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January 1997

Keloid Formation With the 585-nm Pulsed Dye Laser During Isotretinoin Treatment

Author Affiliations

Laser and Skin Surgery Center of New York 317 E 34th St, Suite 11N New York, NY 10016

Arch Dermatol. 1997;133(1):111-112. doi:10.1001/archderm.1997.03890370123029

The use of isotretinoin for the treatment of acne has increased over the past 10 years because of its effectiveness and the limited and generally reversible adverse effects associated with it. Although not mentioned in comprehensive reviews of the adverse effects of isotretinoin therapy, hypertrophic scar and keloid formation, both spontaneous and associated with cutaneous injury, are potential risks.1 Dermatologists and cosmetic surgeons have noted an increased incidence of keloid and hypertrophic scar formation with dermabrasion, excisions, and argon laser treatment.2,3 These therapies all share local disruption in the structure of collagen in the skin.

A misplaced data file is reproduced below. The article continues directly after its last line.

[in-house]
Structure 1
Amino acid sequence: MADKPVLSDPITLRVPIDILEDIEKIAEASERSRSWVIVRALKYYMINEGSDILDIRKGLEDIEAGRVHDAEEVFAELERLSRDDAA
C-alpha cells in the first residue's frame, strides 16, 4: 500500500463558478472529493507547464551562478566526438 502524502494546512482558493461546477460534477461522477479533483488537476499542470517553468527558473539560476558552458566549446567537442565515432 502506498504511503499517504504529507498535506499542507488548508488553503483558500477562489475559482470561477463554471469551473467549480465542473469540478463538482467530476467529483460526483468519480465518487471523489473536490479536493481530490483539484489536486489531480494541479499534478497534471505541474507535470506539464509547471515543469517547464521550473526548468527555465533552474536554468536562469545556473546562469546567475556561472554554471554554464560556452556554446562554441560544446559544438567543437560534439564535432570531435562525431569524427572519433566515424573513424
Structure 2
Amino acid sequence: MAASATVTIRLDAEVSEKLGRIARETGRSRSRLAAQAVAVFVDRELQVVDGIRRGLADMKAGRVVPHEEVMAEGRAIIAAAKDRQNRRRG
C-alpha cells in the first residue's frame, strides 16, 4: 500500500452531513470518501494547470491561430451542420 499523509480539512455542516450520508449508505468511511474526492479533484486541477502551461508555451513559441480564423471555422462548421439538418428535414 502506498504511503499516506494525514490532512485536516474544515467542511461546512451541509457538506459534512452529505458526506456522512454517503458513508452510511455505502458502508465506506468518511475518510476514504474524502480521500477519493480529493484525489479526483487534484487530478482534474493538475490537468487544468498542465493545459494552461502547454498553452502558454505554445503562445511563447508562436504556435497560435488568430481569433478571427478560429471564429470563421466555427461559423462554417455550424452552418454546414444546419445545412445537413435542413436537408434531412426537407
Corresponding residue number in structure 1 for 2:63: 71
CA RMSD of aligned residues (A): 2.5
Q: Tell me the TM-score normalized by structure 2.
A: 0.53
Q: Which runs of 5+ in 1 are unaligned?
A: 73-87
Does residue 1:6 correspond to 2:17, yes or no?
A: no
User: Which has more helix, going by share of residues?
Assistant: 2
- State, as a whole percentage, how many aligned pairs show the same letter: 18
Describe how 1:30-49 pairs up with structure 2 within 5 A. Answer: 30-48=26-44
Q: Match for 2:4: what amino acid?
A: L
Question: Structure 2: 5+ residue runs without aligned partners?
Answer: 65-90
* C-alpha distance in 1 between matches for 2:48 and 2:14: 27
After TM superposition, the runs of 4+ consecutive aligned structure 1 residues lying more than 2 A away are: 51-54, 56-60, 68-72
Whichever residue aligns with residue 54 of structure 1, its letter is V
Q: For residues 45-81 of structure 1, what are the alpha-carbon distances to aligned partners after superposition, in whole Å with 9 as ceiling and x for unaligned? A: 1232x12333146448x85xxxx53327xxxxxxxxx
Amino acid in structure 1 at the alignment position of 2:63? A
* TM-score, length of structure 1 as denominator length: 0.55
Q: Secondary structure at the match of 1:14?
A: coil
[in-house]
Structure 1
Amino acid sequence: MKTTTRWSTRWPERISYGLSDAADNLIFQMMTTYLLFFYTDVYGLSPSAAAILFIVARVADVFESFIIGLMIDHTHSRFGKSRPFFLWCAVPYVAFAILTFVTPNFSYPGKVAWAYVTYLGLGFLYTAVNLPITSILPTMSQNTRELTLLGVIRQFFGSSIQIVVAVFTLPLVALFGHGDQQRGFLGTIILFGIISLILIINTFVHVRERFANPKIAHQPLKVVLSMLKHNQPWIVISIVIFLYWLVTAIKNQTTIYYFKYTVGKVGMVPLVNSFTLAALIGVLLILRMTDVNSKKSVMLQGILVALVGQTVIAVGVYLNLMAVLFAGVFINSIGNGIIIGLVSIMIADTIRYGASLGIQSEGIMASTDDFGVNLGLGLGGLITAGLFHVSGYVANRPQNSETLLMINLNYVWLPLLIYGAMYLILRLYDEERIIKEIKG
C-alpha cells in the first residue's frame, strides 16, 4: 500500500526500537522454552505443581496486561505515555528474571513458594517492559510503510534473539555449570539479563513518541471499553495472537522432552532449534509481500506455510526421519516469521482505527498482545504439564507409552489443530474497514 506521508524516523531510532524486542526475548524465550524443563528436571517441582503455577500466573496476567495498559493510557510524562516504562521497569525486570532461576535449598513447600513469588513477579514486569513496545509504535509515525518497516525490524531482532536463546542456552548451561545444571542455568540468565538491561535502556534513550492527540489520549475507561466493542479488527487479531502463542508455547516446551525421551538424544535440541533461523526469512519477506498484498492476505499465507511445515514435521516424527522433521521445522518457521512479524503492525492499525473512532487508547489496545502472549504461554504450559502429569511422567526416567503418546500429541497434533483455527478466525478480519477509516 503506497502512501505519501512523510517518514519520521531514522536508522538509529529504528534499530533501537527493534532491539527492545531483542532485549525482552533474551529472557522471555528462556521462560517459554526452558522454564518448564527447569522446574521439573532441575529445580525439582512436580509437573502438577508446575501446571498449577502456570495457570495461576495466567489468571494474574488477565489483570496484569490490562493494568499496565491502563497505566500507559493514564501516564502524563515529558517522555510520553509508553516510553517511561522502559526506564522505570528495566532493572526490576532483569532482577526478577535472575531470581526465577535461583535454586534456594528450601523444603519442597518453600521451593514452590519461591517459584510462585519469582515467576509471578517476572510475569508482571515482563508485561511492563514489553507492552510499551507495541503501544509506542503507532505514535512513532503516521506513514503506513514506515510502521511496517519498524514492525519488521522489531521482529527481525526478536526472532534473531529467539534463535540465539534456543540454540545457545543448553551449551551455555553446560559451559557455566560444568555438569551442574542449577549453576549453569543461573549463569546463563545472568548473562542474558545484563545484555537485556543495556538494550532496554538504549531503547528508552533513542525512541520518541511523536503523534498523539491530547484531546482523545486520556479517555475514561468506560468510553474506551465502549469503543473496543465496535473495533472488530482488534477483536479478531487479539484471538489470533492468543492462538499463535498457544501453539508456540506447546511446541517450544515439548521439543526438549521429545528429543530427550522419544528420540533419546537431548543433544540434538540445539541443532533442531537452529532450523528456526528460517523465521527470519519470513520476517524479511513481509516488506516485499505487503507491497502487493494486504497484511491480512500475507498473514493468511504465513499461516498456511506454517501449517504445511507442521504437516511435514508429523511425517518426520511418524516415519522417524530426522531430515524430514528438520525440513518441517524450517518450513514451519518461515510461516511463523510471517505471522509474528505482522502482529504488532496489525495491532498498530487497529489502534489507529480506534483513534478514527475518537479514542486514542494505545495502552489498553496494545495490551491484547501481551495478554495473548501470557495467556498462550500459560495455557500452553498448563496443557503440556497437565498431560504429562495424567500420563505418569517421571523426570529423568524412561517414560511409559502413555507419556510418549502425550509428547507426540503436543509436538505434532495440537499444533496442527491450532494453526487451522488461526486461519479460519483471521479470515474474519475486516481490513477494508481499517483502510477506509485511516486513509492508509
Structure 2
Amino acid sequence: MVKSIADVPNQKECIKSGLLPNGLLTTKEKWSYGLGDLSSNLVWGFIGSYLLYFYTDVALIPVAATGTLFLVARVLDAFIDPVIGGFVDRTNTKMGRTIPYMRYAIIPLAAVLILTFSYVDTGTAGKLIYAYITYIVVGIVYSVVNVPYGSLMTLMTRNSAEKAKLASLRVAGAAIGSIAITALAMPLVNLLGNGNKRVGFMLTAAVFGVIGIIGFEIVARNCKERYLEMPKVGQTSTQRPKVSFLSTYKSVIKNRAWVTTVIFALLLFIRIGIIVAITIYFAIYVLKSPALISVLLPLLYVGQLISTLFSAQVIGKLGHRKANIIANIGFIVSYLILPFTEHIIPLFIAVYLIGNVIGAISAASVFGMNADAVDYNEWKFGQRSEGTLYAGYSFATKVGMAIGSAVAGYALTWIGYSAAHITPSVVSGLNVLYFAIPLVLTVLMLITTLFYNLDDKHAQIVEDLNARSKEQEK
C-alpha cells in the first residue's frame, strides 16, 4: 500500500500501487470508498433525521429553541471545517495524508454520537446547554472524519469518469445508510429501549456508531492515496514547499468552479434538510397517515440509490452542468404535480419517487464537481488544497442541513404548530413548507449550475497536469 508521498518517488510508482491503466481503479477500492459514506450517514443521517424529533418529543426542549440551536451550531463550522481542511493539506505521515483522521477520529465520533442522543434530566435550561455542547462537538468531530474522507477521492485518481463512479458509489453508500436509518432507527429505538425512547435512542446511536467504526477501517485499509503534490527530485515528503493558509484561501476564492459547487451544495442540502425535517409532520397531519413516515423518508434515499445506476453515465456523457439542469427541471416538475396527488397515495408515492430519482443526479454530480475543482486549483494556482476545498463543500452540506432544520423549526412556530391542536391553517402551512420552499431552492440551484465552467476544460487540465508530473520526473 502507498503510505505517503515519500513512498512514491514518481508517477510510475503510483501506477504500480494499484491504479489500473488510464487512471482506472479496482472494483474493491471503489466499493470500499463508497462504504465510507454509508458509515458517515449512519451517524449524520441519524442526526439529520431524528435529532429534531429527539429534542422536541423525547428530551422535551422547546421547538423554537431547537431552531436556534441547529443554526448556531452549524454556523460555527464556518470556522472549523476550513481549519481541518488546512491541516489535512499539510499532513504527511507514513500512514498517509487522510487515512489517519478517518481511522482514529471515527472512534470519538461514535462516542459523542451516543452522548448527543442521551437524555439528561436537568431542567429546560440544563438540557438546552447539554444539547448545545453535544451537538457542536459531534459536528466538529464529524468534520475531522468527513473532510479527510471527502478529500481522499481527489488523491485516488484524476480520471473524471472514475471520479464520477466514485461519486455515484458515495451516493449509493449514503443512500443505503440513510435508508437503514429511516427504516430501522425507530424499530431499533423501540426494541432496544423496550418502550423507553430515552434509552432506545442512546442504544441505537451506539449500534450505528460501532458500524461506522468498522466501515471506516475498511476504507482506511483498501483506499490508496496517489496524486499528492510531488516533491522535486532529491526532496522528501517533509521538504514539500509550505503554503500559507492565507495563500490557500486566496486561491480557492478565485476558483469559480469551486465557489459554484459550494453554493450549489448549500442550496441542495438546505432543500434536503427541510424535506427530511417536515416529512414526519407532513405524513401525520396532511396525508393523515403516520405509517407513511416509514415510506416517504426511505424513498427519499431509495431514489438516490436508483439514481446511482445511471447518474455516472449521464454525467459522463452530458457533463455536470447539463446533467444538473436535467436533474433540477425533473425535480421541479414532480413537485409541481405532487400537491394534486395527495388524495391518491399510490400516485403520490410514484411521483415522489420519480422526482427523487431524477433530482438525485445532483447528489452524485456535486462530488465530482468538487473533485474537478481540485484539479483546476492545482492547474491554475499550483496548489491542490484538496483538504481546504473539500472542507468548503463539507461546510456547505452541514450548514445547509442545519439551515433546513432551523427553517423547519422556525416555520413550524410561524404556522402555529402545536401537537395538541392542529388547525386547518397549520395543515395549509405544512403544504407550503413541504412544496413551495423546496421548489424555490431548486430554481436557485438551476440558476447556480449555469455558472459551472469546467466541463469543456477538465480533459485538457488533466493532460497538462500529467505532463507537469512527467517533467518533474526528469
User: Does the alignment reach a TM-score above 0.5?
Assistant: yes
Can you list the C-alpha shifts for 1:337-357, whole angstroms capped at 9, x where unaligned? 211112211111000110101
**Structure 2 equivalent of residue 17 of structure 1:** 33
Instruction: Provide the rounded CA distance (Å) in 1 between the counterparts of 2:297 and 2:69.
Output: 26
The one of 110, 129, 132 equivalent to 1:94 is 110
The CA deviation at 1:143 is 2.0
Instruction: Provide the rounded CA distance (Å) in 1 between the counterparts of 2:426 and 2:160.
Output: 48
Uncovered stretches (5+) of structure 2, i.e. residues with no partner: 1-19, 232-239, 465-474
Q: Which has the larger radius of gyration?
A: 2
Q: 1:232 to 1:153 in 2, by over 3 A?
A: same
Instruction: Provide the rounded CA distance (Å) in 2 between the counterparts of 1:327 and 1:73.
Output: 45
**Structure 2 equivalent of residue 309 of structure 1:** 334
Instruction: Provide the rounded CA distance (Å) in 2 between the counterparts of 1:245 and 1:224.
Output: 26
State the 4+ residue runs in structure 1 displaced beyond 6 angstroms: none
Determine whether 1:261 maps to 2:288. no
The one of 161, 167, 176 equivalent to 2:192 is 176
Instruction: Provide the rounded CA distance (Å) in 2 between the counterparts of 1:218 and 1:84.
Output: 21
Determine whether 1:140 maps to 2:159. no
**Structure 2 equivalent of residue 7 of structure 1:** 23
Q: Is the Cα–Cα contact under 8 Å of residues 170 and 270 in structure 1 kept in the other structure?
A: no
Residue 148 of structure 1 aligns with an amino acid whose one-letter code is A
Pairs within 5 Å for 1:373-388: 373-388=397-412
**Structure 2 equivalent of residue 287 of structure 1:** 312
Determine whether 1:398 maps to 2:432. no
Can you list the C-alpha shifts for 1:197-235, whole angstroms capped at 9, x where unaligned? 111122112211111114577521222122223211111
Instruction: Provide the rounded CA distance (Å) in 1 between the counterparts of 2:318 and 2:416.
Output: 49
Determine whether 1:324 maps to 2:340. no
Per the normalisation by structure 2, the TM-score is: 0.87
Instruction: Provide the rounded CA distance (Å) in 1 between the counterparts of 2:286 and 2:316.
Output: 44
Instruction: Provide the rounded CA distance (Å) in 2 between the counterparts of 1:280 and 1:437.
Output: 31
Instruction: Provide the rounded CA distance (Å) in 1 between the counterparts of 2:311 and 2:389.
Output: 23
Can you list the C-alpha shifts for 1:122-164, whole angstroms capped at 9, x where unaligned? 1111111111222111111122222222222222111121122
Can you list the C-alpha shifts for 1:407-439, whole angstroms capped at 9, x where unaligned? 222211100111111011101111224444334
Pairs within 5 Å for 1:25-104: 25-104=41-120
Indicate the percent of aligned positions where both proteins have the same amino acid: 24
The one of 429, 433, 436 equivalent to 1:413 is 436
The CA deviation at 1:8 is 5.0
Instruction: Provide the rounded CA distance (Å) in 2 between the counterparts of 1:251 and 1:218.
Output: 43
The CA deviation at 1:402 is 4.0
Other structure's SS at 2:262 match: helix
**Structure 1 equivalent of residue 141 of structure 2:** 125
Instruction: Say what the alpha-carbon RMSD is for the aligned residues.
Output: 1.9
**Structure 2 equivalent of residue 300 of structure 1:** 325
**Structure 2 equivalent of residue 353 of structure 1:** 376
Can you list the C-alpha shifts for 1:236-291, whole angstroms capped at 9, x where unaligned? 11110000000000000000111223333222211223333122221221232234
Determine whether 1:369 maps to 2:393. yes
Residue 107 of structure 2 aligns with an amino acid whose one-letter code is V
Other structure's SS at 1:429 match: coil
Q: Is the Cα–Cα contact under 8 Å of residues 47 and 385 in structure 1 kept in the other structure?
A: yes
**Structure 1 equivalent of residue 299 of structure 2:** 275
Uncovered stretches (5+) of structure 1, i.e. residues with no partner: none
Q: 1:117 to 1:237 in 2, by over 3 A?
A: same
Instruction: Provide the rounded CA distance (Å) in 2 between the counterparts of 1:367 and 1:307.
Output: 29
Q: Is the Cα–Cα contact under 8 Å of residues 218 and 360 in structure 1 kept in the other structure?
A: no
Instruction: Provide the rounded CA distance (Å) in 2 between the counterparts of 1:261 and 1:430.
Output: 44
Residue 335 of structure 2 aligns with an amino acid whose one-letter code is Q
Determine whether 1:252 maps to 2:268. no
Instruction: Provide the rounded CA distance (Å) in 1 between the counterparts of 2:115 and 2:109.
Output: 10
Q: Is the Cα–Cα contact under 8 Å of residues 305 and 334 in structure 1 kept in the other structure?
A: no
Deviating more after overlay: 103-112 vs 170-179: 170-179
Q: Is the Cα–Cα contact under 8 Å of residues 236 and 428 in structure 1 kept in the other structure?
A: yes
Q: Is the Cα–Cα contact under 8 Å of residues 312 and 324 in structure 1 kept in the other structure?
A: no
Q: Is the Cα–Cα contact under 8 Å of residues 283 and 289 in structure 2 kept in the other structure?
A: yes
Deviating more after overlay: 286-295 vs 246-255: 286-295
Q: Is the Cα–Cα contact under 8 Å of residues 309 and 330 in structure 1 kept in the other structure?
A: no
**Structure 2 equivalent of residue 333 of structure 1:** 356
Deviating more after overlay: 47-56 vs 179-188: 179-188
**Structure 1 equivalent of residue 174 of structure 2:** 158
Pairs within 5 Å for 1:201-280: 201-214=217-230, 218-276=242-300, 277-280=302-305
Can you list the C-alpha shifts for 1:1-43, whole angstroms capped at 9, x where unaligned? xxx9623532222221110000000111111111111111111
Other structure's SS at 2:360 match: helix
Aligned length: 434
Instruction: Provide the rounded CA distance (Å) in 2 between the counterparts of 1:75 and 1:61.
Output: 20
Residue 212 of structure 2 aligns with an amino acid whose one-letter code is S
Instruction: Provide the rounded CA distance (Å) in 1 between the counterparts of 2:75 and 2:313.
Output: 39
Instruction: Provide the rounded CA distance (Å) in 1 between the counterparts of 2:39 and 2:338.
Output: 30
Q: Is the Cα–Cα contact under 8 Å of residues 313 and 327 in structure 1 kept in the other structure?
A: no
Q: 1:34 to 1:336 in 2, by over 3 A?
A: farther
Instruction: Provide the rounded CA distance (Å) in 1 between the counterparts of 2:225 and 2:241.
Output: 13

The pulsed dye laser (585 nm, 450 microseconds) has been proven safe and effective treatment for various small-diameter vascular processes, such as capillary vascular malformations, hemangiomas, telangiectases, pyogenic granulomas, and angiomas. Using the principles of selective photothermolysis, the pulsed dye laser can deliver high-intensity energy to a target vessel with little to

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